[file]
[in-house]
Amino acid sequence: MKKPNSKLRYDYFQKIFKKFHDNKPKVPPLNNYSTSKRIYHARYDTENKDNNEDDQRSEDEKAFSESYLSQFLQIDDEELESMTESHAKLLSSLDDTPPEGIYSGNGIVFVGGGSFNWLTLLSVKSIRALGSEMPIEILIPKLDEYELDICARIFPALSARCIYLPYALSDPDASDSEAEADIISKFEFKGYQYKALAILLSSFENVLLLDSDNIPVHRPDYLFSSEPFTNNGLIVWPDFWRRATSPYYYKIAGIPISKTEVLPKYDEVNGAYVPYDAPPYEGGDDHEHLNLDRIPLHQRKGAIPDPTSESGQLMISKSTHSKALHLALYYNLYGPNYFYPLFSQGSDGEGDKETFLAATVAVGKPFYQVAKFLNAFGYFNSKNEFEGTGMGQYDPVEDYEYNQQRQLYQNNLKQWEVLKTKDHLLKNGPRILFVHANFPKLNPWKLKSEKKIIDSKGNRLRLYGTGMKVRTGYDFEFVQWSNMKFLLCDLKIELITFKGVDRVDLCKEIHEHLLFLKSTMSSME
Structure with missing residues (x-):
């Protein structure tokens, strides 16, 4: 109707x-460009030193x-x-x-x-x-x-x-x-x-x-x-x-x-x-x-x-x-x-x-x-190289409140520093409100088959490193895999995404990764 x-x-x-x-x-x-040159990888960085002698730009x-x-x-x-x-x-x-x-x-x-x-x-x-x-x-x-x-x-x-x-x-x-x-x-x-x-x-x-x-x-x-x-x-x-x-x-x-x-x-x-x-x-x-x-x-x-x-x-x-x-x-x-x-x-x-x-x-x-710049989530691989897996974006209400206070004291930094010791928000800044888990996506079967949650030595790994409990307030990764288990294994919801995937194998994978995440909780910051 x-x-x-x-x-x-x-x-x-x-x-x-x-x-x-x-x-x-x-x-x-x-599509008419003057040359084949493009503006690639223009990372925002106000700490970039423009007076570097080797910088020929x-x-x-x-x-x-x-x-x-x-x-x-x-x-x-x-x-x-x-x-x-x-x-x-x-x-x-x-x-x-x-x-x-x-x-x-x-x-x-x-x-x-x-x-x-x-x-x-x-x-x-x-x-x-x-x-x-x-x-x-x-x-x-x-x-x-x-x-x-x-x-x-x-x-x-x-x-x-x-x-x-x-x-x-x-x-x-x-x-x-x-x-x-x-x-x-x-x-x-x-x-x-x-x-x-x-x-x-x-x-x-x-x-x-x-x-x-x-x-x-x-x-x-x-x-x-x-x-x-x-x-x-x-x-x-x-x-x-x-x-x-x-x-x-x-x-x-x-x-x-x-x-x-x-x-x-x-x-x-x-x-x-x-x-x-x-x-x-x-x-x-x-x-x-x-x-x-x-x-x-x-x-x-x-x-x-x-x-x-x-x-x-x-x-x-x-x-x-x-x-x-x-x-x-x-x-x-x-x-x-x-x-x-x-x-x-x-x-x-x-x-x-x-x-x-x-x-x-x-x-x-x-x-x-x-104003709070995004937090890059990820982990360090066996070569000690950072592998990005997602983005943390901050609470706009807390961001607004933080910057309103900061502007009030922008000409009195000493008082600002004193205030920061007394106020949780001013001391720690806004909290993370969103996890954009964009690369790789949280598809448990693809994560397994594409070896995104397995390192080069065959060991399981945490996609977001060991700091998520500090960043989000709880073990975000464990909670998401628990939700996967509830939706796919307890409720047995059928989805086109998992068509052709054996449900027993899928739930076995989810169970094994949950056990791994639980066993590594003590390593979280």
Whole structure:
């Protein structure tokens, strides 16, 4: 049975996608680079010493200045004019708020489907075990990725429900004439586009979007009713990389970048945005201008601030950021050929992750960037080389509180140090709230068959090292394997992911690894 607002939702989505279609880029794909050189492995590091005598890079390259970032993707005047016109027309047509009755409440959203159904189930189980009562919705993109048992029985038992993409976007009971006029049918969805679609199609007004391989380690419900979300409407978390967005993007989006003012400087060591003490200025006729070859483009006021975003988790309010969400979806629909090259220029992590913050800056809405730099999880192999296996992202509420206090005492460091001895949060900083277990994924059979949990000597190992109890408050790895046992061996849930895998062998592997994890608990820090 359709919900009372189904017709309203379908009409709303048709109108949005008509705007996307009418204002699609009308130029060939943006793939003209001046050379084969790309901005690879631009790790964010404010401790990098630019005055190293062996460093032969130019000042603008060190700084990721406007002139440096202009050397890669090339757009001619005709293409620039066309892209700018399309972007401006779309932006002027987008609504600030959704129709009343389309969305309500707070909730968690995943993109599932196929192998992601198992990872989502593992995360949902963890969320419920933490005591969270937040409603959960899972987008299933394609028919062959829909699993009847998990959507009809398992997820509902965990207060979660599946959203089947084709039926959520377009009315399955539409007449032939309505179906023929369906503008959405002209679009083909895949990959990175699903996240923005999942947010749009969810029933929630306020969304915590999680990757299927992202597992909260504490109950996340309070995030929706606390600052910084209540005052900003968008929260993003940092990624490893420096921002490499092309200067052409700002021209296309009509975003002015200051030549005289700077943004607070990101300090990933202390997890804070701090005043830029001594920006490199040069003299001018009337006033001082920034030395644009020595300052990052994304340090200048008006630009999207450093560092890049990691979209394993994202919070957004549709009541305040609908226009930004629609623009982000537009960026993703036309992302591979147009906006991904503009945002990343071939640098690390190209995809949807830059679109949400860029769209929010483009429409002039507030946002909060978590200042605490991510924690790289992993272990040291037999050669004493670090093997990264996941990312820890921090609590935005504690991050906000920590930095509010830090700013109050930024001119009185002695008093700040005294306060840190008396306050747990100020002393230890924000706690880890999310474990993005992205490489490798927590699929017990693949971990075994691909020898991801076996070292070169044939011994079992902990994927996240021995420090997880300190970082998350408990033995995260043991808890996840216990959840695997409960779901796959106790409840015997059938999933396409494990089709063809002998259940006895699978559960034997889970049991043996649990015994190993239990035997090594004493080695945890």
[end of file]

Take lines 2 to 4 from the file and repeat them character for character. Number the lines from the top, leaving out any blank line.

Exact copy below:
Amino acid sequence: MKKPNSKLRYDYFQKIFKKFHDNKPKVPPLNNYSTSKRIYHARYDTENKDNNEDDQRSEDEKAFSESYLSQFLQIDDEELESMTESHAKLLSSLDDTPPEGIYSGNGIVFVGGGSFNWLTLLSVKSIRALGSEMPIEILIPKLDEYELDICARIFPALSARCIYLPYALSDPDASDSEAEADIISKFEFKGYQYKALAILLSSFENVLLLDSDNIPVHRPDYLFSSEPFTNNGLIVWPDFWRRATSPYYYKIAGIPISKTEVLPKYDEVNGAYVPYDAPPYEGGDDHEHLNLDRIPLHQRKGAIPDPTSESGQLMISKSTHSKALHLALYYNLYGPNYFYPLFSQGSDGEGDKETFLAATVAVGKPFYQVAKFLNAFGYFNSKNEFEGTGMGQYDPVEDYEYNQQRQLYQNNLKQWEVLKTKDHLLKNGPRILFVHANFPKLNPWKLKSEKKIIDSKGNRLRLYGTGMKVRTGYDFEFVQWSNMKFLLCDLKIELITFKGVDRVDLCKEIHEHLLFLKSTMSSME
Structure with missing residues (x-):
């Protein structure tokens, strides 16, 4: 109707x-460009030193x-x-x-x-x-x-x-x-x-x-x-x-x-x-x-x-x-x-x-x-190289409140520093409100088959490193895999995404990764 x-x-x-x-x-x-040159990888960085002698730009x-x-x-x-x-x-x-x-x-x-x-x-x-x-x-x-x-x-x-x-x-x-x-x-x-x-x-x-x-x-x-x-x-x-x-x-x-x-x-x-x-x-x-x-x-x-x-x-x-x-x-x-x-x-x-x-x-x-710049989530691989897996974006209400206070004291930094010791928000800044888990996506079967949650030595790994409990307030990764288990294994919801995937194998994978995440909780910051 x-x-x-x-x-x-x-x-x-x-x-x-x-x-x-x-x-x-x-x-x-x-599509008419003057040359084949493009503006690639223009990372925002106000700490970039423009007076570097080797910088020929x-x-x-x-x-x-x-x-x-x-x-x-x-x-x-x-x-x-x-x-x-x-x-x-x-x-x-x-x-x-x-x-x-x-x-x-x-x-x-x-x-x-x-x-x-x-x-x-x-x-x-x-x-x-x-x-x-x-x-x-x-x-x-x-x-x-x-x-x-x-x-x-x-x-x-x-x-x-x-x-x-x-x-x-x-x-x-x-x-x-x-x-x-x-x-x-x-x-x-x-x-x-x-x-x-x-x-x-x-x-x-x-x-x-x-x-x-x-x-x-x-x-x-x-x-x-x-x-x-x-x-x-x-x-x-x-x-x-x-x-x-x-x-x-x-x-x-x-x-x-x-x-x-x-x-x-x-x-x-x-x-x-x-x-x-x-x-x-x-x-x-x-x-x-x-x-x-x-x-x-x-x-x-x-x-x-x-x-x-x-x-x-x-x-x-x-x-x-x-x-x-x-x-x-x-x-x-x-x-x-x-x-x-x-x-x-x-x-x-x-x-x-x-x-x-x-x-x-x-x-x-x-x-x-x-104003709070995004937090890059990820982990360090066996070569000690950072592998990005997602983005943390901050609470706009807390961001607004933080910057309103900061502007009030922008000409009195000493008082600002004193205030920061007394106020949780001013001391720690806004909290993370969103996890954009964009690369790789949280598809448990693809994560397994594409070896995104397995390192080069065959060991399981945490996609977001060991700091998520500090960043989000709880073990975000464990909670998401628990939700996967509830939706796919307890409720047995059928989805086109998992068509052709054996449900027993899928739930076995989810169970094994949950056990791994639980066993590594003590390593979280």